GAITHERSBURG, MD (December 1, 1999) -- The Art of War by Sun Tzu, styled now as a management handbook for the 1990s, has an interesting quote: "Victory can be discerned, but not manufactured." Warren Buffett presents a relevant analogy. He compares investing to a different sort of baseball game where there's no penalty for not swinging. On Buffett's baseball diamond, you can sit and wait -- as long as you want -- for the good pitches.
How are these ideas connected?
The trick to investing is finding good companies, yes; you've heard that before, and you'll hear it again. But stop for a second and think about what it means. Return to Sun Tzu who presents this major theme in The Art of War: In most endeavors understanding the big picture and being properly prepared is more important than performance during the actual event. Preparation and perspective determine the end.
This is especially true when it comes to investing. There's remarkably little that we, as individuals, can do to make any given stock go up or down once we've bought it. Unless you're a Wall Street analyst, regularly issuing Strong Buy, Hold, or Market-Perform ratings, you're not going to have any meaningful effect on the businesses that you invest in. Even though the Internet is giving us all more say about how our public corporations act in society, we are positioned primarily as observers when we invest. And that's good. The business has managers. We're charged with assessing their performance.
The important part, the part where we make the decision, the part where we directly control the performance of our portfolio, is during the process of selecting which stocks to buy, when to buy them, and how much cash to allocate to each one. To ascend to that level of mastery, we have to tighten our controls, narrow our filters, and understand what we're measuring when we buy stocks. But then, as generals, we've given our orders. The troops head out into the field, and all we can do if things go badly is to sound the horn, beat a hasty retreat, and sell our shares.
What we're trying to do here in the Rule Maker Portfolio (and on the RM message boards) is to find the best long-term investments we can make. We try to figure out what makes them so great. Then after buying some businesses, we try to determine if they're continuing to be as great (or greater) than when we bought them. And as time goes forward, we'll be assessing how great they are relative to our other finds. After all, as we're adding $500 each month to this diversified portfolio, we'll just be looking for the best places to put our money at each different point in time.
Put another way: We're looking for the best of the best. Hey, it's pretty easy to find a business that has profits... because companies that aren't profitable tend not to survive very long. But simply being profitable isn't enough. Flat-line profitability for a business in the public markets is bad news, and even slight growth is unacceptable. Heck, in those instances, we'd prefer to just invest in government bonds and be guaranteed a profit. But a guaranteed profit -- tiny relative to inflation -- is not our aim. We'll leave that up to bearish financial journalists who don't think middle-class investors should be managing their own money.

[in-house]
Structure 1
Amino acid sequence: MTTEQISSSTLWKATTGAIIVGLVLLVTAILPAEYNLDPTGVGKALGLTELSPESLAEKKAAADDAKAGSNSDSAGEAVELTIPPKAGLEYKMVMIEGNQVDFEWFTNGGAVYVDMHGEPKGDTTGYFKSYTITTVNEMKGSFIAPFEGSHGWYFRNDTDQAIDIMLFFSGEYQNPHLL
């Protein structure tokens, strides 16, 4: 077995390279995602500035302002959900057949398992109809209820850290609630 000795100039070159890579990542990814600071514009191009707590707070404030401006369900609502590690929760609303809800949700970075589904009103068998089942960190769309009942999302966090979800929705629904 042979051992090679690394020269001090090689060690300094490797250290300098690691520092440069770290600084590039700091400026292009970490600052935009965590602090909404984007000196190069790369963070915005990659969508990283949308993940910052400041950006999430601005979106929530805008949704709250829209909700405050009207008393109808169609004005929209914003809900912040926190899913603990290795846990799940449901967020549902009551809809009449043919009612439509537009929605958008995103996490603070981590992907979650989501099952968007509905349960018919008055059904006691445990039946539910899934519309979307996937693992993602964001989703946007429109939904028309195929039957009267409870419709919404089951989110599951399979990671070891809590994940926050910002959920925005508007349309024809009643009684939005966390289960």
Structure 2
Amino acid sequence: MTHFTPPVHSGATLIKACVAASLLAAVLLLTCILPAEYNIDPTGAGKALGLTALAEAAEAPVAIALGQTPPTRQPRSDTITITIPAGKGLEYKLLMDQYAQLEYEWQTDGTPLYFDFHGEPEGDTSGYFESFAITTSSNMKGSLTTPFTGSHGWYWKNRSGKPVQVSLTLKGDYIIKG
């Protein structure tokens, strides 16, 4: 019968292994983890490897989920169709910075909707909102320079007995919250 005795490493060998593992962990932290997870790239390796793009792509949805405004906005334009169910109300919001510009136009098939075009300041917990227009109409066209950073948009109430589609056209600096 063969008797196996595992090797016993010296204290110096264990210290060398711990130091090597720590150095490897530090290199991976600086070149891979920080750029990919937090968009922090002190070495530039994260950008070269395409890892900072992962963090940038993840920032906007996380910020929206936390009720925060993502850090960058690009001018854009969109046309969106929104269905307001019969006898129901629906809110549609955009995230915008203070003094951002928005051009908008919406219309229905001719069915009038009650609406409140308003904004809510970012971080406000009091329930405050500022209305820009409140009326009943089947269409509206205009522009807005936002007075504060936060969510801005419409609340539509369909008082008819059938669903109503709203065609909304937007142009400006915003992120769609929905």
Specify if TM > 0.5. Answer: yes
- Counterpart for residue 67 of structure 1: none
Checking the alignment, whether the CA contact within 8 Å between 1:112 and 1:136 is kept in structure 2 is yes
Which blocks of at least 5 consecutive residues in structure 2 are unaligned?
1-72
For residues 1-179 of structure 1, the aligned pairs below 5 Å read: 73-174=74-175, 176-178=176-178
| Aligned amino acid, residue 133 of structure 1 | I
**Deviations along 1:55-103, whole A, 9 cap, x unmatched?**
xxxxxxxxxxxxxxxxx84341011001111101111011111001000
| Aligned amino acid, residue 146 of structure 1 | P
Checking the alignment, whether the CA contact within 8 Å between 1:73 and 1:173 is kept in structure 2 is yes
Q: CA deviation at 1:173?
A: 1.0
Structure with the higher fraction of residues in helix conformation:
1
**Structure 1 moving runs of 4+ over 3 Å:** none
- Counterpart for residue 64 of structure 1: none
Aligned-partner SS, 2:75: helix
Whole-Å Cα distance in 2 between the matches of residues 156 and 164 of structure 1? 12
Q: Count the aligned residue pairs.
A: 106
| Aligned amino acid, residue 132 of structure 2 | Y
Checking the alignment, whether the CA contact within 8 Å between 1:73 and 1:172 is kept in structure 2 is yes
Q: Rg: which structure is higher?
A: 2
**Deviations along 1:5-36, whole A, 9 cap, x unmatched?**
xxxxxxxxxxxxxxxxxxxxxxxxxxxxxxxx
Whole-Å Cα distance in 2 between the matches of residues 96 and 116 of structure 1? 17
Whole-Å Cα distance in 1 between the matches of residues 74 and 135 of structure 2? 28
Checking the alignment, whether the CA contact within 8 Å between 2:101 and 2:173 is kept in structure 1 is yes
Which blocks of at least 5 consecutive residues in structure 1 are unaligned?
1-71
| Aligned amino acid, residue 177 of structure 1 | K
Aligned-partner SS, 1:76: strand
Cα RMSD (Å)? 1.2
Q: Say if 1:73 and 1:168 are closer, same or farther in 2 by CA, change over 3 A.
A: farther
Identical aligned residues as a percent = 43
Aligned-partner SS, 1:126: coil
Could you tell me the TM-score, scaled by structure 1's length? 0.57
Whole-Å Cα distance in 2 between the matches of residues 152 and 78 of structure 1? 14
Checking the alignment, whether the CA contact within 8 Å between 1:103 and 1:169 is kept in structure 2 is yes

For us, the minimum standard for comparison is an S&P 500 index fund or S&P Depositary Receipts trading on the American Stock Exchange, ticker symbol SPY. The historical annual returns from the S&P 500 have been 11%. We're trying to beat that long-term average, while we compare our results (in terms of the overall portfolio and individual investments) to the market each day, week, month, year, and decade (as reported directly below this report each night).
Now, ideally we want to beat the Foolish Four, which has trounced the market over the past three decades. And that's part of the reason we added this component to the Rule Maker Portfolio as well. Finding companies that consistently outperform the market averages is hard enough; finding any that compete with a logical market-beating mechanical strategy is even more difficult. But we love to aim high. We love to search for phenomenal companies. And, in truth, the group of the best 1% of publicly traded stocks still leaves us with a hundred different public companies to choose from. And finding the best 10% of that best 1% is an exercise in pickiness of the highest order.
So far, we've only found a couple dozen companies that consistently execute on superior business models, with little or no debt and a clear focus on creating value for shareholders. It's not easy, and we'll always be looking. But the fact that we've found a screen of a few dozen may mean that we aren't being picky enough. We'll debate that in future reports, and on the message boards.
So... we're waiting for the good pitches. We're improving our perspective and focusing on preparation. We do feel that we're ultimately headed towards victory.
Elsewhere in Fooldom today, Fools are dueling on Yahoo! (Nasdaq: YHOO). Also of note, our annual Industry Focus 2000 publication, covering 16 investment ideas for the coming year, is now available in Foolmart. And finally, we're looking for a few good Fools to be on The Motley Fool Radio Show this week. Interested? Drop an e-mail to Macg@fool.com with a question or comment on investing and a daytime phone number.